Lice is every parent's nightmare. But do you really need to be scared? With so many tall tales about lice, we want to set the record straight by breaking down the biggest myths surrounding these creepy crawly bugs: who gets them, what gets rid of them, and more!
Myth #1: Only people with poor hygiene get head lice
Personal hygiene or cleanliness has nothing to do with getting head lice. It’s not more or less common if you are rich, poor, clean or dirty. Lice can be found just about anywhere. Take some “Lice Lessons”
from the National Association of School Nurses to learn more.
Myth #2: Head lice “jump” from one person to another
Head lice can’t hop. Head lice can’t fly. Head lice crawl. They’re spread by having direct contact with the hair of a person who has them. It’s the most common way to get them. It’s uncommon to get head lice by touching things like couches, backpacks or other household objects.
Myth #3: My dog Sparky gave my child head lice - I’m sure of it
You can’t get head lice from your dog, cat, and other pets. Head lice like humans best.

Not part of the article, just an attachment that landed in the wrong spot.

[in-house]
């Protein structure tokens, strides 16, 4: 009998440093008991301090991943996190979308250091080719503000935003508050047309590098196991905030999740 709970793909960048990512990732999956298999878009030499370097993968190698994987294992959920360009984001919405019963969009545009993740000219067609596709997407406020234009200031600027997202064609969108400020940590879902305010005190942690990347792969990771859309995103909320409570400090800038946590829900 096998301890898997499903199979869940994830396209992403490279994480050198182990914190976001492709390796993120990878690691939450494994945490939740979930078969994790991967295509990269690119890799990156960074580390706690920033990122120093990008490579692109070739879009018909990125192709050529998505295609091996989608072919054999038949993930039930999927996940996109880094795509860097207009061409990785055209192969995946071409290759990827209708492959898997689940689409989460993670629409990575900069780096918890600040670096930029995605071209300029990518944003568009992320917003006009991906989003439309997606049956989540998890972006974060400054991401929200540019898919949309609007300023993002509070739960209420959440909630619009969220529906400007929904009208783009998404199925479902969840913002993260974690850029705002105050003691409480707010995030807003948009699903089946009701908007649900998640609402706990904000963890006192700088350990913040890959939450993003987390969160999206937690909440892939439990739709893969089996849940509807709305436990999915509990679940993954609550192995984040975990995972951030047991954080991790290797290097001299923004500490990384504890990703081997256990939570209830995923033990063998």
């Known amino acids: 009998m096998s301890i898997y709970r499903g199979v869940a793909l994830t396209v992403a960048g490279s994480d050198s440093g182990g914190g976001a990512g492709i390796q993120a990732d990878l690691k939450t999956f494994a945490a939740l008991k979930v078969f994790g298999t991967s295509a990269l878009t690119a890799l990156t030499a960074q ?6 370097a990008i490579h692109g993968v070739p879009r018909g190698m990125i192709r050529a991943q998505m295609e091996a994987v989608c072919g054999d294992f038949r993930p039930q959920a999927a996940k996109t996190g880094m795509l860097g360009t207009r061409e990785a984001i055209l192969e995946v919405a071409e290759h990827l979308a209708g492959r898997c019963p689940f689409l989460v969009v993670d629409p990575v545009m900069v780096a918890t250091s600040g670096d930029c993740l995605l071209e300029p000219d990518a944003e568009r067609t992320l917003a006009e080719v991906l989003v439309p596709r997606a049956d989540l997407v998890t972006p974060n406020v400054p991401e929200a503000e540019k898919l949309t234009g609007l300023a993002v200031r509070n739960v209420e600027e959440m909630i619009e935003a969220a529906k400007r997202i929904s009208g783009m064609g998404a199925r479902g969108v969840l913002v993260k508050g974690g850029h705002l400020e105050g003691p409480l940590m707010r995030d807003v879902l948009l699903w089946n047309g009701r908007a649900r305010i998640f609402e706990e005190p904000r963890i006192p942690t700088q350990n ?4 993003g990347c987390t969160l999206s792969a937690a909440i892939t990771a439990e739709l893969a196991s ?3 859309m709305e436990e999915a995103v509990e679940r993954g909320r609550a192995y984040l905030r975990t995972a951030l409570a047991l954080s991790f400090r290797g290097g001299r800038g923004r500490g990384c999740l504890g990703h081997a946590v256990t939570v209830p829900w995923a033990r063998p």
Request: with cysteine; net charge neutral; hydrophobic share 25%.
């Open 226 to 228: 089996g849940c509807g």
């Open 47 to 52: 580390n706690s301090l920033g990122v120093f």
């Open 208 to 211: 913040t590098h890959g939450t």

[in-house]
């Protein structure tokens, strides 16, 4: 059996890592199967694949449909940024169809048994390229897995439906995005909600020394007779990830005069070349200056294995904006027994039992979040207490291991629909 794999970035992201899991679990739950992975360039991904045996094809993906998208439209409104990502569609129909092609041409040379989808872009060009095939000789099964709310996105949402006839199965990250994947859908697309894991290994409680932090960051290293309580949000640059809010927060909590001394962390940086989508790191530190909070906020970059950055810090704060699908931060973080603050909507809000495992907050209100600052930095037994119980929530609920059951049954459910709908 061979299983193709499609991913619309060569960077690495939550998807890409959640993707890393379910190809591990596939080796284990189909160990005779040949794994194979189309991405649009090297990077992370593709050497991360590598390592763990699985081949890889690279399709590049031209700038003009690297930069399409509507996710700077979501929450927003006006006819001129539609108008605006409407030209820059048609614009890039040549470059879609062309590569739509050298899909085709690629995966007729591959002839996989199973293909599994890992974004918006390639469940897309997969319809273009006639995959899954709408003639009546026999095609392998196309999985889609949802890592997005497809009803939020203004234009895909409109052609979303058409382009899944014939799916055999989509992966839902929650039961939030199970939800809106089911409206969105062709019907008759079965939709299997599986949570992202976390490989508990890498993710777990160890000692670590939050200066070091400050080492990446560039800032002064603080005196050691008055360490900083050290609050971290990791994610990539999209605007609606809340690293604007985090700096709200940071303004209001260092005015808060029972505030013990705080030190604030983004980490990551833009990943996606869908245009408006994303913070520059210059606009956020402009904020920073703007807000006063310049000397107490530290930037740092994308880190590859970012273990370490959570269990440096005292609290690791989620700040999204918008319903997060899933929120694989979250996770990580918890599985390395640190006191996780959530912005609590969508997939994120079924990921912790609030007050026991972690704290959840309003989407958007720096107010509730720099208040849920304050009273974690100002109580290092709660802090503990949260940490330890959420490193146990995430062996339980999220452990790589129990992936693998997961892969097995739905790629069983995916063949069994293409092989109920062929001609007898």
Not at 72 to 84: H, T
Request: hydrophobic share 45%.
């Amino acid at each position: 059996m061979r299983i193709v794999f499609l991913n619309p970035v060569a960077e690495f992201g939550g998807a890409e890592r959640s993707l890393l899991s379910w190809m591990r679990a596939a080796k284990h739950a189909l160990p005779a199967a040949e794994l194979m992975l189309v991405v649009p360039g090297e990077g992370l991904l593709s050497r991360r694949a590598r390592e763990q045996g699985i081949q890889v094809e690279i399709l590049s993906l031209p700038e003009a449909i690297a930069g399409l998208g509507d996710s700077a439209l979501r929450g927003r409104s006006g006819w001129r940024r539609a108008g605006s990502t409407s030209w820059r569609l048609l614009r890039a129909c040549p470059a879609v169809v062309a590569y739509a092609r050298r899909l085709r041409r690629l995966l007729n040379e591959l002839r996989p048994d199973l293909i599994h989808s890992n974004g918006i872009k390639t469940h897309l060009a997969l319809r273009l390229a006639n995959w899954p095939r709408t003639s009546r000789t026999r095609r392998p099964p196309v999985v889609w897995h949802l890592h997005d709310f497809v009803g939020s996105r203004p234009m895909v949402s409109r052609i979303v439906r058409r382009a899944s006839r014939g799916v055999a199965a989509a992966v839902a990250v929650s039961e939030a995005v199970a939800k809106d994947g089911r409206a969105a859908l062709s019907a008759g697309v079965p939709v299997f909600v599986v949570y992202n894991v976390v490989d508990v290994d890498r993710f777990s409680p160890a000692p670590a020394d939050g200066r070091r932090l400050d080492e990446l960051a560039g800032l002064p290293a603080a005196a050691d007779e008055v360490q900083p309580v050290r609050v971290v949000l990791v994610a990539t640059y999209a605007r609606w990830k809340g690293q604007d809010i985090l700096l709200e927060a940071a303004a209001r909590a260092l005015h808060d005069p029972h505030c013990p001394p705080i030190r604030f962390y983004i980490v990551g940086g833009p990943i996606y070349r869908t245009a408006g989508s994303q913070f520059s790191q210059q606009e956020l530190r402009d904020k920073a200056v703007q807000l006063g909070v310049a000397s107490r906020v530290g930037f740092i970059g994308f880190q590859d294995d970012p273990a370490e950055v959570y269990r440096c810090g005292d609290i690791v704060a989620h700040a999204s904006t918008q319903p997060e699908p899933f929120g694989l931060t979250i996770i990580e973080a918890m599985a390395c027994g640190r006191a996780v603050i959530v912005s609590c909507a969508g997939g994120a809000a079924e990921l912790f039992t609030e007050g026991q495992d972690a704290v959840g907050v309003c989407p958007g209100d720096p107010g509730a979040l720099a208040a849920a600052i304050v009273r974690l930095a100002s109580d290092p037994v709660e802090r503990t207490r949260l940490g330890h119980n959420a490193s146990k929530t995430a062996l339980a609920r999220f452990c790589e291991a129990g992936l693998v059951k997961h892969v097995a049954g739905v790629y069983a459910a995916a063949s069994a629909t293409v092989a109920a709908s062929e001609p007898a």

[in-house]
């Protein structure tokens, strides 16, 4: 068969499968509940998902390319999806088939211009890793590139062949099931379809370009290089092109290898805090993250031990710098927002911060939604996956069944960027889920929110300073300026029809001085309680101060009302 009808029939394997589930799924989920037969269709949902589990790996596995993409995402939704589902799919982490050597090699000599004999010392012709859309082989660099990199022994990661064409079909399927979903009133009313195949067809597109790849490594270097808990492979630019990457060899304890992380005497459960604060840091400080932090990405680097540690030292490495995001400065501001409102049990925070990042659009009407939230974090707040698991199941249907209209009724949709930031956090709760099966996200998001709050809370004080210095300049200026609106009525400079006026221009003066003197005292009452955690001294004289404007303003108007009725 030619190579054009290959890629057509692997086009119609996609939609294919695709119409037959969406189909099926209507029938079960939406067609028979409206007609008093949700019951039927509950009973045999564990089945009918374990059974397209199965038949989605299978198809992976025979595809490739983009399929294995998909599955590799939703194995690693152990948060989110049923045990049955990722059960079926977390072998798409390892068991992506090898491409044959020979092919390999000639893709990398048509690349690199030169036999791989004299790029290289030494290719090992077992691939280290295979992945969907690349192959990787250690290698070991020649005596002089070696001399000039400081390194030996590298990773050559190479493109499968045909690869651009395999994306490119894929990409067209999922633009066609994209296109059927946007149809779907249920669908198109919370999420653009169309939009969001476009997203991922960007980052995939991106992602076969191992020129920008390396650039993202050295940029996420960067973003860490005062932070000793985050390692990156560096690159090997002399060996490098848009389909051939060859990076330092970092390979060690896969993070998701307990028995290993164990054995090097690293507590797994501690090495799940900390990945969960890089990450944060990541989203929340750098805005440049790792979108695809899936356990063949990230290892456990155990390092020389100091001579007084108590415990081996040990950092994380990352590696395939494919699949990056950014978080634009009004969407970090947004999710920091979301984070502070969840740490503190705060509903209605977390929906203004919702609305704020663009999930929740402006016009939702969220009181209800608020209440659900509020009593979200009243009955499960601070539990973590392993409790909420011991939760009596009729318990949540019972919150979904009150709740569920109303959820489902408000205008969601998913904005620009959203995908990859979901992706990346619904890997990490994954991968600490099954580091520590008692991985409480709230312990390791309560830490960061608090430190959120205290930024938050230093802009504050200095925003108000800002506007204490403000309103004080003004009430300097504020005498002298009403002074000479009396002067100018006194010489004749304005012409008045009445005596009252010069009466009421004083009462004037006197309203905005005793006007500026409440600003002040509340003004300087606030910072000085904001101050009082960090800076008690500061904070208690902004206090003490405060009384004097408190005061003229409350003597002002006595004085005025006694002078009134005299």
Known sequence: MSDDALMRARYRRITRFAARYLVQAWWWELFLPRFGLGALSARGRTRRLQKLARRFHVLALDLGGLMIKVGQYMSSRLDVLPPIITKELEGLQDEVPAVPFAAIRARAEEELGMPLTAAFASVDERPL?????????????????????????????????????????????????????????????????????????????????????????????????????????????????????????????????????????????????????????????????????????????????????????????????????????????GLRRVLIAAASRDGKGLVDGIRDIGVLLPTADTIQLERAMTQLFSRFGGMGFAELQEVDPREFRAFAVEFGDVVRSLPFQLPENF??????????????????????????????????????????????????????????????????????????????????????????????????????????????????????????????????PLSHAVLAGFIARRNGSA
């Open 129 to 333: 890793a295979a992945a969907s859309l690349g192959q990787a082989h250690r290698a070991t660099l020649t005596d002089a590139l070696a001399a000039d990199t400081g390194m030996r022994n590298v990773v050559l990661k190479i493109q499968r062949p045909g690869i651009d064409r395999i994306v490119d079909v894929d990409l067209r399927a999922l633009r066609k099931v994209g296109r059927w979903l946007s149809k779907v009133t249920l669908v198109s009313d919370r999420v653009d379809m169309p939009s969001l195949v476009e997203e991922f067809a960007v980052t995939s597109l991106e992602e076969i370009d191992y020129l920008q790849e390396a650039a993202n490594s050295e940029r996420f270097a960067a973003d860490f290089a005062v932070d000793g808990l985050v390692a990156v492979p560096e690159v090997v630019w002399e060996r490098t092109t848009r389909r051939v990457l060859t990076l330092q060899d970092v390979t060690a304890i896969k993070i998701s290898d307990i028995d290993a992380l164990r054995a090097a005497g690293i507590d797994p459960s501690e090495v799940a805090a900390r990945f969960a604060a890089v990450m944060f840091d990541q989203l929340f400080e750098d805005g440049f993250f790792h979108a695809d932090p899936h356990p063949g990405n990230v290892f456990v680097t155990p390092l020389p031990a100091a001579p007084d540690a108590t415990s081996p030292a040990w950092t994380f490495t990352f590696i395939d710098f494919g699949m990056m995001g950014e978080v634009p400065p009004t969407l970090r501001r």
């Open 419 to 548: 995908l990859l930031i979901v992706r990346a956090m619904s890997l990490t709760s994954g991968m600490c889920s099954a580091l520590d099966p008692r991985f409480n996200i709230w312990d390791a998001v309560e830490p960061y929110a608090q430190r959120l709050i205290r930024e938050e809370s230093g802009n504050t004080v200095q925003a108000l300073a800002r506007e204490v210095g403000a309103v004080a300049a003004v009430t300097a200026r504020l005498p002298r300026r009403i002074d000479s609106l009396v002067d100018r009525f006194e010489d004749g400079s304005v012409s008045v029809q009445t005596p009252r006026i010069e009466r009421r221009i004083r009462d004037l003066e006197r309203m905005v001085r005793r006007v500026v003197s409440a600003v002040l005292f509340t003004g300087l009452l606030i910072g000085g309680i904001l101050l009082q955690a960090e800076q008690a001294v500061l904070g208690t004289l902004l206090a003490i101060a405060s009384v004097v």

Myth #4: My friend’s, sister’s, grandma told me to smear mayonnaise on my child’s head to suffocate the lice
According to the Centers for Disease Control, there’s not clear, scientific evidence to show suffocating head lice with mayonnaise, olive oil, margarine, butter, or similar substances is effective. Read information on treatment for head lice
Myth #5: Head lice live a long time off the scalp
Like us, head lice need to feed to live. Only, head lice feed on blood and adult lice don’t live long if they can’t feed. Head lice survive only about a day or two once they fall off a person and can’t feed. Nits (head lice eggs) need to stay warm and usually die within a week if they aren’t kept at a consistent temperature (as in near the scalp). Nymphs (youth lice) live for only a few hours without feeding.
Myth 6: I need to get the house fumigated if someone in my house has head lice
Although you may want to, don’t spend a lot of time or money cleaning your house if someone in your home has head lice. The risk of getting infested by lice that have fallen onto a rug, carpet or furniture is quite small.
If you’re concerned lice are in your home, you should:
Remember: Don’t use fumigants or harsh chemicals. They can be toxic and might do more harm than good.
- Machine wash and dry clothes, bed linens, towels and other items the person wore or used during the two days before treatment. Use the hot water (130°F) laundry cycle and the high heat drying cycle.
- Dry clean clothing and things that you can’t wash.
- Seal items in a plastic bag and store them for two weeks.
- Soak combs and brushes in hot water (again at least 130°F) for 5 to 10 minutes.
- Vacuum floors and furniture that were common areas for the person.